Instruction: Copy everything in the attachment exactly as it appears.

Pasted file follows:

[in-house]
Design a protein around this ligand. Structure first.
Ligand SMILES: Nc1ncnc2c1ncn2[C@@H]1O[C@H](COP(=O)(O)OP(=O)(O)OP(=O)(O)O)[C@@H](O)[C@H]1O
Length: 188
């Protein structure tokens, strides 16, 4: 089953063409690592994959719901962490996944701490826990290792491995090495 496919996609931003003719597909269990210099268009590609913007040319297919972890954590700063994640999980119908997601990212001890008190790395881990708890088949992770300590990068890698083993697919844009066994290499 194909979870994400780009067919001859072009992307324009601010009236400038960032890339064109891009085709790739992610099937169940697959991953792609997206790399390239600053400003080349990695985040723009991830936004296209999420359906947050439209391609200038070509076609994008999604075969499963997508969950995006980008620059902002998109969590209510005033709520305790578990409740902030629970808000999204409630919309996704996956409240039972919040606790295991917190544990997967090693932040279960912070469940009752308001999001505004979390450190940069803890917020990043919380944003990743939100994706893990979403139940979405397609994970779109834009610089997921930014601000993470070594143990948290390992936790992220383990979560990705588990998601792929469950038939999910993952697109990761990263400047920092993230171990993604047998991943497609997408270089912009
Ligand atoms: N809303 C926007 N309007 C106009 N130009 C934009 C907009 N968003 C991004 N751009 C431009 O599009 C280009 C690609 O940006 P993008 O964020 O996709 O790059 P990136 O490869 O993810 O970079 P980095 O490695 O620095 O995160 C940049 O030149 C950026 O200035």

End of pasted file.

[in-house]
Design a protein around this ligand. Structure first.
Ligand SMILES: Nc1ncnc2c1ncn2[C@@H]1O[C@H](COP(=O)(O)OP(=O)(O)OP(=O)(O)O)[C@@H](O)[C@H]1O
Length: 188
């Protein structure tokens, strides 16, 4: 089953063409690592994959719901962490996944701490826990290792491995090495 496919996609931003003719597909269990210099268009590609913007040319297919972890954590700063994640999980119908997601990212001890008190790395881990708890088949992770300590990068890698083993697919844009066994290499 194909979870994400780009067919001859072009992307324009601010009236400038960032890339064109891009085709790739992610099937169940697959991953792609997206790399390239600053400003080349990695985040723009991830936004296209999420359906947050439209391609200038070509076609994008999604075969499963997508969950995006980008620059902002998109969590209510005033709520305790578990409740902030629970808000999204409630919309996704996956409240039972919040606790295991917190544990997967090693932040279960912070469940009752308001999001505004979390450190940069803890917020990043919380944003990743939100994706893990979403139940979405397609994970779109834009610089997921930014601000993470070594143990948290390992936790992220383990979560990705588990998601792929469950038939999910993952697109990761990263400047920092993230171990993604047998991943497609997408270089912009
Ligand atoms: N809303 C926007 N309007 C106009 N130009 C934009 C907009 N968003 C991004 N751009 C431009 O599009 C280009 C690609 O940006 P993008 O964020 O996709 O790059 P990136 O490869 O993810 O970079 P980095 O490695 O620095 O995160 C940049 O030149 C950026 O200035």